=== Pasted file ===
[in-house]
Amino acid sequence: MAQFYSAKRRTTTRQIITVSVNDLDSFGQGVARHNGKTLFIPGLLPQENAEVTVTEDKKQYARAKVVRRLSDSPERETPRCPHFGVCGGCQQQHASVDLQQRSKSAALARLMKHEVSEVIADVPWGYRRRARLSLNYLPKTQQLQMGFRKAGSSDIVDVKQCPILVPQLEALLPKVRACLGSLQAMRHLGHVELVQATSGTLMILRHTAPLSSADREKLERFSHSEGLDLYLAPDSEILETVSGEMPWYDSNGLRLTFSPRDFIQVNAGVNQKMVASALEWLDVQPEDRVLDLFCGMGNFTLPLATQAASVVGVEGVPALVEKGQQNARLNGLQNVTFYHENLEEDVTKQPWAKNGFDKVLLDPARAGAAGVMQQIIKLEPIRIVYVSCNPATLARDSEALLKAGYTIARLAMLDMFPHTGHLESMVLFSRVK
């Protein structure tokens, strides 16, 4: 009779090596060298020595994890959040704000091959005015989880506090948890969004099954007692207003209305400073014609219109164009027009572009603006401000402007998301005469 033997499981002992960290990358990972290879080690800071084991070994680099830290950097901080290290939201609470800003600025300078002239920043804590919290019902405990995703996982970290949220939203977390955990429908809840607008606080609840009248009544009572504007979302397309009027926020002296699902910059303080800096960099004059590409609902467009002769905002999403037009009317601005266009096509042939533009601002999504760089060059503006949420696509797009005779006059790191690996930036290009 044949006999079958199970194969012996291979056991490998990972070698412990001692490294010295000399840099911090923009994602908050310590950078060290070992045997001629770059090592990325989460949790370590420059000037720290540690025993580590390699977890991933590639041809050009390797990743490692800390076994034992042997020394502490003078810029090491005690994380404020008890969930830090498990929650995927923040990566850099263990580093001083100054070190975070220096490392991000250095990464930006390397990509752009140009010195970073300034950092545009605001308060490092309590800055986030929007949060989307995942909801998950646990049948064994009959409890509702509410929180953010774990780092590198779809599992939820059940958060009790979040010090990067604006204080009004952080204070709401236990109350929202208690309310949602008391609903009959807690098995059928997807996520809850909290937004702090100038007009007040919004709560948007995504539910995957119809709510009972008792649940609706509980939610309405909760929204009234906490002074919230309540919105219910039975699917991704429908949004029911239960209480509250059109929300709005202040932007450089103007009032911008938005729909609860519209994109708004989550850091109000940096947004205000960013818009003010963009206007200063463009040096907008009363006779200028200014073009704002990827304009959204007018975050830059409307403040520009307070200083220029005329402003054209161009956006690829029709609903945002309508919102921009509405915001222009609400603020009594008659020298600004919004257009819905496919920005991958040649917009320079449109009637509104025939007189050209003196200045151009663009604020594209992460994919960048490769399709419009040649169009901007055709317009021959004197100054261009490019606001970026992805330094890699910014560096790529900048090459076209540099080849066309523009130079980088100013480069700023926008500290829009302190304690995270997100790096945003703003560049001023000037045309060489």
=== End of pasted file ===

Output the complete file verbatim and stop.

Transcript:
[in-house]
Amino acid sequence: MAQFYSAKRRTTTRQIITVSVNDLDSFGQGVARHNGKTLFIPGLLPQENAEVTVTEDKKQYARAKVVRRLSDSPERETPRCPHFGVCGGCQQQHASVDLQQRSKSAALARLMKHEVSEVIADVPWGYRRRARLSLNYLPKTQQLQMGFRKAGSSDIVDVKQCPILVPQLEALLPKVRACLGSLQAMRHLGHVELVQATSGTLMILRHTAPLSSADREKLERFSHSEGLDLYLAPDSEILETVSGEMPWYDSNGLRLTFSPRDFIQVNAGVNQKMVASALEWLDVQPEDRVLDLFCGMGNFTLPLATQAASVVGVEGVPALVEKGQQNARLNGLQNVTFYHENLEEDVTKQPWAKNGFDKVLLDPARAGAAGVMQQIIKLEPIRIVYVSCNPATLARDSEALLKAGYTIARLAMLDMFPHTGHLESMVLFSRVK
């Protein structure tokens, strides 16, 4: 009779090596060298020595994890959040704000091959005015989880506090948890969004099954007692207003209305400073014609219109164009027009572009603006401000402007998301005469 033997499981002992960290990358990972290879080690800071084991070994680099830290950097901080290290939201609470800003600025300078002239920043804590919290019902405990995703996982970290949220939203977390955990429908809840607008606080609840009248009544009572504007979302397309009027926020002296699902910059303080800096960099004059590409609902467009002769905002999403037009009317601005266009096509042939533009601002999504760089060059503006949420696509797009005779006059790191690996930036290009 044949006999079958199970194969012996291979056991490998990972070698412990001692490294010295000399840099911090923009994602908050310590950078060290070992045997001629770059090592990325989460949790370590420059000037720290540690025993580590390699977890991933590639041809050009390797990743490692800390076994034992042997020394502490003078810029090491005690994380404020008890969930830090498990929650995927923040990566850099263990580093001083100054070190975070220096490392991000250095990464930006390397990509752009140009010195970073300034950092545009605001308060490092309590800055986030929007949060989307995942909801998950646990049948064994009959409890509702509410929180953010774990780092590198779809599992939820059940958060009790979040010090990067604006204080009004952080204070709401236990109350929202208690309310949602008391609903009959807690098995059928997807996520809850909290937004702090100038007009007040919004709560948007995504539910995957119809709510009972008792649940609706509980939610309405909760929204009234906490002074919230309540919105219910039975699917991704429908949004029911239960209480509250059109929300709005202040932007450089103007009032911008938005729909609860519209994109708004989550850091109000940096947004205000960013818009003010963009206007200063463009040096907008009363006779200028200014073009704002990827304009959204007018975050830059409307403040520009307070200083220029005329402003054209161009956006690829029709609903945002309508919102921009509405915001222009609400603020009594008659020298600004919004257009819905496919920005991958040649917009320079449109009637509104025939007189050209003196200045151009663009604020594209992460994919960048490769399709419009040649169009901007055709317009021959004197100054261009490019606001970026992805330094890699910014560096790529900048090459076209540099080849066309523009130079980088100013480069700023926008500290829009302190304690995270997100790096945003703003560049001023000037045309060489």